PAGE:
Stretching For Recovery

Stretching For Recovery


Though post-exercise stretching has been performed as a recovery modality for many decades, current research discredits this form of recovery almost entirely. It has been suggested that this practice is outdated, based on previous discredited theories, and with very little evidence to support its effectiveness. Furthermore, it has also been suggested that the research conducted in virtually all stretching-based investigations is very ambiguous, and lacks any real validity and/or reliability.

Keywords: pre-exercise, post-exercise, stretch tolerance, muscle soreness, range of movement.


The practice of stretching after exercise (e.g. training and competition) is extremely common, and something that has been conducted for many decades. The concept of stretching post-exercise to reduce muscle soreness, re-establish ‘lost’, or pre-exercise range of motion, and thus promote recovery was perhaps first popularised after a particular research publication in the 1960’s (1). Since then, whilst the underpinning theory supporting the usefulness of post-exercise stretching has been discredited, the practice of this recovery modality still persists (2).

What is Stretching?

Stretching has been defined as…

“the application of force to musculotendinous structures in order to achieve a change in their length, usually for the purposes of improving joint range of motion (ROM), reducing stiffness or soreness, or preparing for (physical) activity.” (3).

Though there are many forms of stretching (Figure 1), static stretching appears to be the most common type prescribed in post-exercise cool-down routines. Stretching is also classified as either acute or chronic. Acute stretching typically refers to a single stretch usually lasting >30-seconds or less (4, 5). Chronic stretching refers to repeated stretches over a series of sets, days and even weeks (6).

Figure 1 - Types of Stretching

What is Recovery?

Recovery is traditionally defined as a 1-stage model: that is, returning something that was lost (8), or a reestablishment of the initial stage (9). However, recovery in sport, or from exercise is seen as a 2-stage model: that is, returning what was lost (i.e. reducing fatigue), and adapting (i.e. supercompensating) to the imposed training demands (6). Given this, full recovery should not be considered complete until the athlete has achieved a level of fitness that is higher than pre-exercise levels (i.e. the supercompensation principle). This principle is simply displayed in Figure 2.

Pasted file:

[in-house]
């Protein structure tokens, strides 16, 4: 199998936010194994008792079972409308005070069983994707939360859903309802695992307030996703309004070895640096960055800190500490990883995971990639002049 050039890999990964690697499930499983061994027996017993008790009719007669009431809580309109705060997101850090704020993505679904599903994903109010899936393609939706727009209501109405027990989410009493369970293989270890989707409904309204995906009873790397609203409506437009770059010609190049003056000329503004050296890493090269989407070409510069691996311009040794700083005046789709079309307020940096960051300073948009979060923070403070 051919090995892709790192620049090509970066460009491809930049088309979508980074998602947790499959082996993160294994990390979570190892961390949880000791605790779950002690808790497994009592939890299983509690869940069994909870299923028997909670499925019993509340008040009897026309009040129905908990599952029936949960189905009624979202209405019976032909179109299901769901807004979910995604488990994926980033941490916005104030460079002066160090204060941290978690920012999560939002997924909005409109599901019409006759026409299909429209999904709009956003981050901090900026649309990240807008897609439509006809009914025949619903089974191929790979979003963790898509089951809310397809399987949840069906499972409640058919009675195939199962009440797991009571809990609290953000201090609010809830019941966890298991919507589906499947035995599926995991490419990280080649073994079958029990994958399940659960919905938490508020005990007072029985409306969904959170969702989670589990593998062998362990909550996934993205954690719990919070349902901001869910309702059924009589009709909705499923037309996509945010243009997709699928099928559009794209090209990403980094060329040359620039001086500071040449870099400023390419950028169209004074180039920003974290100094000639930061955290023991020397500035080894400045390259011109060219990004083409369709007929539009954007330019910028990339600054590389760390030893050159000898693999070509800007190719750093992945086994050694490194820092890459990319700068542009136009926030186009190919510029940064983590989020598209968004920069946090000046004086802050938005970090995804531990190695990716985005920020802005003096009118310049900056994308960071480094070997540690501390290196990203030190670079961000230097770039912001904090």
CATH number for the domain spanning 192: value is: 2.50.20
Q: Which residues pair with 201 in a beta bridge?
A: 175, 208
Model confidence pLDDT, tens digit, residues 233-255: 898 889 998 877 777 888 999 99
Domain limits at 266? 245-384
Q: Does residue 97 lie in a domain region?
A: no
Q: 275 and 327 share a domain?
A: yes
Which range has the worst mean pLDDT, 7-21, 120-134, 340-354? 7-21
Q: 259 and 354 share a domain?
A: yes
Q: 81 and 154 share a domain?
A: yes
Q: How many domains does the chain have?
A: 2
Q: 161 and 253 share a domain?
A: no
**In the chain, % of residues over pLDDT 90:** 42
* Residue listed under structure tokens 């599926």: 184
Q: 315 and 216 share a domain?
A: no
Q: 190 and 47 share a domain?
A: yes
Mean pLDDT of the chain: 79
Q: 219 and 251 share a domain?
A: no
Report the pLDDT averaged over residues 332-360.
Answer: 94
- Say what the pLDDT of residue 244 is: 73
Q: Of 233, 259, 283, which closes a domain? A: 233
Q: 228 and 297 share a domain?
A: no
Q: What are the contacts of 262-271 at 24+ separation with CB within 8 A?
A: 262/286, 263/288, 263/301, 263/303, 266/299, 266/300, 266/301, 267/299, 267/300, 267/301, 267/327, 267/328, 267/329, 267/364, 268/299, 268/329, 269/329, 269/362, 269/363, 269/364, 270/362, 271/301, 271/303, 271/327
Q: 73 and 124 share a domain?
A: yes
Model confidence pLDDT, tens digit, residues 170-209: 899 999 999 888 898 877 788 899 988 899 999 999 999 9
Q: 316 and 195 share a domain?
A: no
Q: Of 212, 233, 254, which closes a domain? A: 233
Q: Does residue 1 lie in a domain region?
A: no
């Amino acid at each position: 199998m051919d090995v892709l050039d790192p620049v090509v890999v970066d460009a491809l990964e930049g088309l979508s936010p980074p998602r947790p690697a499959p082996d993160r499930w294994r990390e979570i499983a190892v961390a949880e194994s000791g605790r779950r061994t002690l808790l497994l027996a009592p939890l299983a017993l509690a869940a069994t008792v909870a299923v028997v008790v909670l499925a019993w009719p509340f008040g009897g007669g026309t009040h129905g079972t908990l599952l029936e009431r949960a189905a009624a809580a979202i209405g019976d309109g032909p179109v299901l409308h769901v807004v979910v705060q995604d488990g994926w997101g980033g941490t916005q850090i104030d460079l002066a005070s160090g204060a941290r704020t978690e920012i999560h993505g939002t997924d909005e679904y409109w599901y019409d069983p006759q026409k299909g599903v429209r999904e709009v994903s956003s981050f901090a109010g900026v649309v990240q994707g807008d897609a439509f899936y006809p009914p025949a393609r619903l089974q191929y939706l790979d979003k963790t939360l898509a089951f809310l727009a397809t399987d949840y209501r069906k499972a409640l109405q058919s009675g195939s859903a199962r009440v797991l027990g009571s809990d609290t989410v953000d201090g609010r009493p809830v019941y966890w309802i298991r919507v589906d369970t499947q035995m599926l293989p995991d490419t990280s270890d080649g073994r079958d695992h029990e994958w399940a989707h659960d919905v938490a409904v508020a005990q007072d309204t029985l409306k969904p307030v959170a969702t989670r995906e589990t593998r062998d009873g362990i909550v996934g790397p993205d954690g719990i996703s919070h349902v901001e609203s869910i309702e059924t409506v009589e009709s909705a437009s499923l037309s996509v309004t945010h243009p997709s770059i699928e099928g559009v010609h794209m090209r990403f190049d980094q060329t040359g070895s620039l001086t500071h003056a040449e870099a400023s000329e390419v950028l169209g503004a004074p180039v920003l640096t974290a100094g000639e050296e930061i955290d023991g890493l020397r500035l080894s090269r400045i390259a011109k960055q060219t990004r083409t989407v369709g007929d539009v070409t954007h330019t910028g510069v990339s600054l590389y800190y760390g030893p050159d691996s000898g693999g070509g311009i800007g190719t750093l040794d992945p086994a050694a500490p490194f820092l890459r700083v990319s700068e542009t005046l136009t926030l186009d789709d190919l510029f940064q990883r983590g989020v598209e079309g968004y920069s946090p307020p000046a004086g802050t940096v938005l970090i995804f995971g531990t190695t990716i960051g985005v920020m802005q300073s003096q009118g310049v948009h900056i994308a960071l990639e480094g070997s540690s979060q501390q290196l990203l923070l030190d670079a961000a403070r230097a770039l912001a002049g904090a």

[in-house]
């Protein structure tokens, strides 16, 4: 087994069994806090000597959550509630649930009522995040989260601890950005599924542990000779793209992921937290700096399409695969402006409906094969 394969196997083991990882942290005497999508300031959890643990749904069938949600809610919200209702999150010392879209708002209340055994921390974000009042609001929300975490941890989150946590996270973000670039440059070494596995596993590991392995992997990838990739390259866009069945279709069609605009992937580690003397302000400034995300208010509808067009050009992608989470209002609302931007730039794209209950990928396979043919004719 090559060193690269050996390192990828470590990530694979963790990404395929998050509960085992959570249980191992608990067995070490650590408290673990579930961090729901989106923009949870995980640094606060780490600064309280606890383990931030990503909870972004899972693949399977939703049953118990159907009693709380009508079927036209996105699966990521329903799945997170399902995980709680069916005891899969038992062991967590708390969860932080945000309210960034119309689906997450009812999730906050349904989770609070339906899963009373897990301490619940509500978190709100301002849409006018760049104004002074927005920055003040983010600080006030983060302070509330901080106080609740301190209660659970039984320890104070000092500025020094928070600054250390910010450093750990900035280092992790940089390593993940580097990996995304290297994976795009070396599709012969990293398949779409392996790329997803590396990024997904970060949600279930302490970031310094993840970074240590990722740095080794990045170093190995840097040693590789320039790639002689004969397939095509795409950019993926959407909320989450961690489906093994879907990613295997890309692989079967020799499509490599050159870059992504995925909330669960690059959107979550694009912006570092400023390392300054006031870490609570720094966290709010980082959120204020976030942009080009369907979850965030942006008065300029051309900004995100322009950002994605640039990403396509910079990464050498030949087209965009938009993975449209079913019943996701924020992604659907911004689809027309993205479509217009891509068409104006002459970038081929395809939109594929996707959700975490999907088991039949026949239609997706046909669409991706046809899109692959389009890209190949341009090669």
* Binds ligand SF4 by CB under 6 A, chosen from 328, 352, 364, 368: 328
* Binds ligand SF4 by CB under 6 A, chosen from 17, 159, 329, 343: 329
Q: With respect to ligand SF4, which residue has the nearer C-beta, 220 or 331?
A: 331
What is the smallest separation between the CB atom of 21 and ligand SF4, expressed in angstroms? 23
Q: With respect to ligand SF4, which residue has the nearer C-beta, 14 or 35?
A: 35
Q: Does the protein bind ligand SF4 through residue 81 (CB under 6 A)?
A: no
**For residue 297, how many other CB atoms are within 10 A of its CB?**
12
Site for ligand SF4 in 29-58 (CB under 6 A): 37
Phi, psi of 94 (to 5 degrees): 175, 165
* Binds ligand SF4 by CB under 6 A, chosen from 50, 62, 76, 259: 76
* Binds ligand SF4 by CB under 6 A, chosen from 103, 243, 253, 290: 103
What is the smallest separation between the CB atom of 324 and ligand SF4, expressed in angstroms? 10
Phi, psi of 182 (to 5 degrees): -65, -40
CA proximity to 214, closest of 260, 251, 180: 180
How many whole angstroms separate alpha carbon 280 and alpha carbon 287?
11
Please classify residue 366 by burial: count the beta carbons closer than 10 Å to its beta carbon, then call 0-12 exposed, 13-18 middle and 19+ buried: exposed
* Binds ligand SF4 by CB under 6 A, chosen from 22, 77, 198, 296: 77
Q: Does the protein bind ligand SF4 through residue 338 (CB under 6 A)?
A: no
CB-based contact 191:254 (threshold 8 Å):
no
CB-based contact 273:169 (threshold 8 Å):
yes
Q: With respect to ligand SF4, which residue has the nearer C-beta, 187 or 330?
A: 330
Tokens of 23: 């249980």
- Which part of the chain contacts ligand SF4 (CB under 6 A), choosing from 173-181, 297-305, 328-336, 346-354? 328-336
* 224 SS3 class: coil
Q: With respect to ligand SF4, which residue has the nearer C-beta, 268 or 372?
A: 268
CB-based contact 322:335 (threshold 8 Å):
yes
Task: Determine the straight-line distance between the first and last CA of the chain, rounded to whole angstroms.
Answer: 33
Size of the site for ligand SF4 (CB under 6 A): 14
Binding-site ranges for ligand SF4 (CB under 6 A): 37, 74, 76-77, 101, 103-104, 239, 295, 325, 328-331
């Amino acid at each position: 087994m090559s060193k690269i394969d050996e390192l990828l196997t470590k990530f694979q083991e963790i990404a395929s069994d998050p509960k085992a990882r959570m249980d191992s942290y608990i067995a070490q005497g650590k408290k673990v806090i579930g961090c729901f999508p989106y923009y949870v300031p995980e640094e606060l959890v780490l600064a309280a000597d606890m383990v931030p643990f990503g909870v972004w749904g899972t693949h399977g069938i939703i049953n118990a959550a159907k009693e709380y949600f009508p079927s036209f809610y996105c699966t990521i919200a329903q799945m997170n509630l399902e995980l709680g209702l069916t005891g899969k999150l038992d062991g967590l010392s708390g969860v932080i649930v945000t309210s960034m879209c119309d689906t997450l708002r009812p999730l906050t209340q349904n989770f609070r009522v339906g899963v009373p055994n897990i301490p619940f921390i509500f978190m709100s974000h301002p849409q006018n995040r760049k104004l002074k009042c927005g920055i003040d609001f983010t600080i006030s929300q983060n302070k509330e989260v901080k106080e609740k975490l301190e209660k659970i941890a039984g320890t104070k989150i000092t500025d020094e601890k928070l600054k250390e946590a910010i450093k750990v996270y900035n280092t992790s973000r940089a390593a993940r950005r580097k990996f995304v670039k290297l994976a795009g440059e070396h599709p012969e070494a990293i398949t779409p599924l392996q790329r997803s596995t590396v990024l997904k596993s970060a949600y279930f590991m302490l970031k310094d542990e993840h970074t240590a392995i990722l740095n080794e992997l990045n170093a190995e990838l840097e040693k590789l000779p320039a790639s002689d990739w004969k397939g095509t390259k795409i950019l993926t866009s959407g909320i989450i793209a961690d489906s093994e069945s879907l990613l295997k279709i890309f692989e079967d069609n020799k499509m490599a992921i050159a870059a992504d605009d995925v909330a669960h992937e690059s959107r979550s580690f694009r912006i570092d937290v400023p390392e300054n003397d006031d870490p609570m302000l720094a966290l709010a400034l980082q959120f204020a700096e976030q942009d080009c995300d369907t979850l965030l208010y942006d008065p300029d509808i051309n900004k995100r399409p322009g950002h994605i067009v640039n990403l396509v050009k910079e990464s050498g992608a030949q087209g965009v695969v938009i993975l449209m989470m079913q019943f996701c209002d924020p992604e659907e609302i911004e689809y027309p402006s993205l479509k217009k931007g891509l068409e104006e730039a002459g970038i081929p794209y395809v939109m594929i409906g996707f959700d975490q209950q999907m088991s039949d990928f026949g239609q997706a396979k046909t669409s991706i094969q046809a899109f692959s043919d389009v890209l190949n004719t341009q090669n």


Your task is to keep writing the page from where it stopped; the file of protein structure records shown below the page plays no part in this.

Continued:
Figure 2 - Supercompensation Principle

Does post-exercise stretching enhance recovery?

The primary objectives of post-exercise stretching are two-fold:

  1. Reduce the delayed-onset of muscle soreness (hereby referred to a muscle soreness)
  2. Reduce stiffness (i.e. enhance or re-establish pre-exercise ranges of motion).

Before we begin to discuss whether not stretching can improve recovery, just remember that other post-exercise modalities such as: Heat, cold, vibration, massage, hydrotherapy, anesthetics, and foam rolling have all been shown to reduce muscle soreness and enhance ROM; thus enhancing recovery (10-18).

Performing post-exercise static stretching to promote recovery has a relatively long, and somewhat confusing, history (6). This recovery modality was initially encouraged during the early 1960’s when a team of investigators thought that unaccustomed exercise caused muscle spasms (1). Muscle spasm was thought to reduce blood flow to the muscle, causing pain, and then further muscle spasm – a process therefore referred to as the ‘pain-spasm-pain cycle’. As a result, stretching was believed to interrupt this cycle by improving blood flow to the muscle, thus leading to reduce muscle soreness and improved recovery rates. To further discredit this theory, other research has demonstrated that blood flow, capillary region oxygenation, and the velocity of red blood cells to the muscle decrease during stretching (19-21). So whilst the muscle-spasm theory has since been discredited by Bobbert and colleagues (22), the practice of post-exercise stretching to improve recovery still persists.

Muscle Soreness and Post-Exercise Stretching

Reducing muscle soreness post-exercise is an admirable goal for enhancing recovery. Though a large quantity of independent research has been conducted on the effects of stretching on muscle soreness, the quality of virtually all of these investigations have been reported as low-moderate (2). One extensive meta-analysis on this topic, including over 2,500 participants, concluded that post-exercise stretching for recovery only reduced the effects of muscle soreness by 1-4 points on a 100-point scale. Despite this figure being statistically significant, the effect is very small and almost trivial. Unfortunately, despite its long history, and large popularity in the recovery strategies of many training programmes, post-exercise static stretching appears to have no worthwhile effect on muscle soreness.

Range of Motion and Post-Exercise Stretching